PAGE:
Marin Financial Abuse Specialist Team

Financial abuse is one of the most common types of elder abuse, and it can have devastating consequences for victims, including the loss of their life savings and the ability to support themselves. Within Aging and Adult Services, the Financial Abuse Specialist Team (FAST) is dedicated to protecting Marin’s older adult community from financial abuse. The team also addresses past cases of abuse by helping law enforcement investigate financial abuse and prosecute perpetrators. FAST performs detailed forensic accountings which can be used in the prosecution of these crimes.

The team includes both volunteers from the community and public sector employees who provide training the community on recognizing, investigating, and preventing elder abuse. The FAST team also prevents financial abuse by staying informed about the latest scams and educating older adults and their families about common scams and frauds. FAST partners include Adult Protective Services, The District Attorney, the Public Guardian, and the Ombudsman's offices.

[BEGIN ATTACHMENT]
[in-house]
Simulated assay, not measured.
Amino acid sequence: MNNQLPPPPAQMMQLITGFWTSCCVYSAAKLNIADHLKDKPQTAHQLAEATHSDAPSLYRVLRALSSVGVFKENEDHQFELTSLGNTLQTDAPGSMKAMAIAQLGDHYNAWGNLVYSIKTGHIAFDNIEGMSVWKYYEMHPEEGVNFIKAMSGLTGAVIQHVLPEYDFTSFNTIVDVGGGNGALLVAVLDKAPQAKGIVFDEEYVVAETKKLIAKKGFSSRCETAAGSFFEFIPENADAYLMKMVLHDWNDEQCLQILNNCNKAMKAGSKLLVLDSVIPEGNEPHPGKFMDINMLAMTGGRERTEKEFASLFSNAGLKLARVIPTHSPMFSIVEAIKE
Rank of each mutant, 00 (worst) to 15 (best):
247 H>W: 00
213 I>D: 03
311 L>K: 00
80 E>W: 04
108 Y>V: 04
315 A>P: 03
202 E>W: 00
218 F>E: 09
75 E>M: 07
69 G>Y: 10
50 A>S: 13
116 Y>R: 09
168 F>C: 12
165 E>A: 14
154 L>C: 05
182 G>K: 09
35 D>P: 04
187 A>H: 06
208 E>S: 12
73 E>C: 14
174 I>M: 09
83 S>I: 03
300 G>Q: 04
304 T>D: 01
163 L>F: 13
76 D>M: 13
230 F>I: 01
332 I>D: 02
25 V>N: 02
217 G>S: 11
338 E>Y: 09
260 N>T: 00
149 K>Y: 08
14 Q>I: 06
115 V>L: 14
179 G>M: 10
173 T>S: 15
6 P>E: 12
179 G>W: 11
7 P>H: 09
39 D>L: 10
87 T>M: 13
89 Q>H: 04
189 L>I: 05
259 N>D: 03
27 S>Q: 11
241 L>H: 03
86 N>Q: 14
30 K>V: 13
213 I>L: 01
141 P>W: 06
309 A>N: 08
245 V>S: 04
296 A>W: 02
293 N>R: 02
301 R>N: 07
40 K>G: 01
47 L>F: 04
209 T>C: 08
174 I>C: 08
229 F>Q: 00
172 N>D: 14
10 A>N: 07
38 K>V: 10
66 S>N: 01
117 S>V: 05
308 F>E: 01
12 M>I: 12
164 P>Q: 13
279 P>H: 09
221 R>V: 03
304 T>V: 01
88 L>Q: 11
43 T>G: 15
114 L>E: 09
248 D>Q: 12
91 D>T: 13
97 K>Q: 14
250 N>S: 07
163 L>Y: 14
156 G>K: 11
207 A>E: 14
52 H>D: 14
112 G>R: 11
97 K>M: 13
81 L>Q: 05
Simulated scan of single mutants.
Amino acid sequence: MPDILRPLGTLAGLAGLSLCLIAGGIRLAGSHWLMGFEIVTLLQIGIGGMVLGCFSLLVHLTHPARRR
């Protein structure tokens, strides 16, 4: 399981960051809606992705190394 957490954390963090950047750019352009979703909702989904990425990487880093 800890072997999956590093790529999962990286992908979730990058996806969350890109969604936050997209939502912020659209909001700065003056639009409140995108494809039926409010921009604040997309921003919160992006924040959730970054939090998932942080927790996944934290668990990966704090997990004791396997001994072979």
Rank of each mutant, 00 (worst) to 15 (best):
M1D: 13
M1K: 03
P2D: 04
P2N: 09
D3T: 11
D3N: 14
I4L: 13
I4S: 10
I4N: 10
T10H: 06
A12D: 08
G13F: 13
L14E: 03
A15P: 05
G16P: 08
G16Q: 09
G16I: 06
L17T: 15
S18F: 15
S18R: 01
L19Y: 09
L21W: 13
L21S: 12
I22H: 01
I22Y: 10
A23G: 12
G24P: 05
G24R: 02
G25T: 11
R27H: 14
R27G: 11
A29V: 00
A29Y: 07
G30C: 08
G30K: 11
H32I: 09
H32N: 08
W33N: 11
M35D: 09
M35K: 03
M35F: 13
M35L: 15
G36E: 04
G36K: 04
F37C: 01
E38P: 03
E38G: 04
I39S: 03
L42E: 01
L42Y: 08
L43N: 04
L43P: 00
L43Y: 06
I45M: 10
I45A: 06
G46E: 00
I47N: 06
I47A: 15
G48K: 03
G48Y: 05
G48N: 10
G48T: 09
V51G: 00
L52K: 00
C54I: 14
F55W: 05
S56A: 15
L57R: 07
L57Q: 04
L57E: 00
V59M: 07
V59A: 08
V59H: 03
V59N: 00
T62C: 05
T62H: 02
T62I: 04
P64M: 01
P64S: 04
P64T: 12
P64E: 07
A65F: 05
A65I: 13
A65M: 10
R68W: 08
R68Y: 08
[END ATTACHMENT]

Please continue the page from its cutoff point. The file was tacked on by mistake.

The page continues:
Long-Term Care Ombudsman

The Marin County Long-Term Care Ombudsman Program is an advocacy program designed to protect the rights of people living in licensed assisted living and skilled nursing facilities. Every state in the U.S. is required to have an Ombudsman program as mandated by the Federal Older Americans Act. The Marin County Ombudsman program is part of the county’s Aging and Adult Services division, and their jurisdiction includes 47 residential care facilities for the elderly (assisted living), 11 skilled nursing facilities, and three continuing care retirement communities.

Marin’s Long-Term Care Ombudsman advocates for residents living in long-term care facilities to ensure their dignity, quality of life, and quality of care. Ombudsman representatives provide information and assistance to residents, their families, and facility staff to help resolve problems to the satisfaction of the resident or their responsible party. The Ombudsman program also provides education and training to facility staff to help prevent elder abuse and promote the health and safety of residents.

Elder abuse is a serious problem in Marin County that only got worse during the pandemic. The increased reliance on technology combined with isolation left older adults more vulnerable than ever before. The good news is that Marin County has several programs, all working together, to help victims of elder abuse and prevent future crimes. These programs, including Adult Protective Services, the Financial Abuse Specialist Team, and the Long-Term Care Ombudsman program, provide a range of services to protect the health, safety, and well-being of older and dependent adults in our community. It is critical for Marin’s legal community to be aware of these programs and to reach out when you are concerned about elder abuse. You may be able to prevent a client, or possibly your own parent or loved one, from becoming a victim of the next high-tech grandparent scam.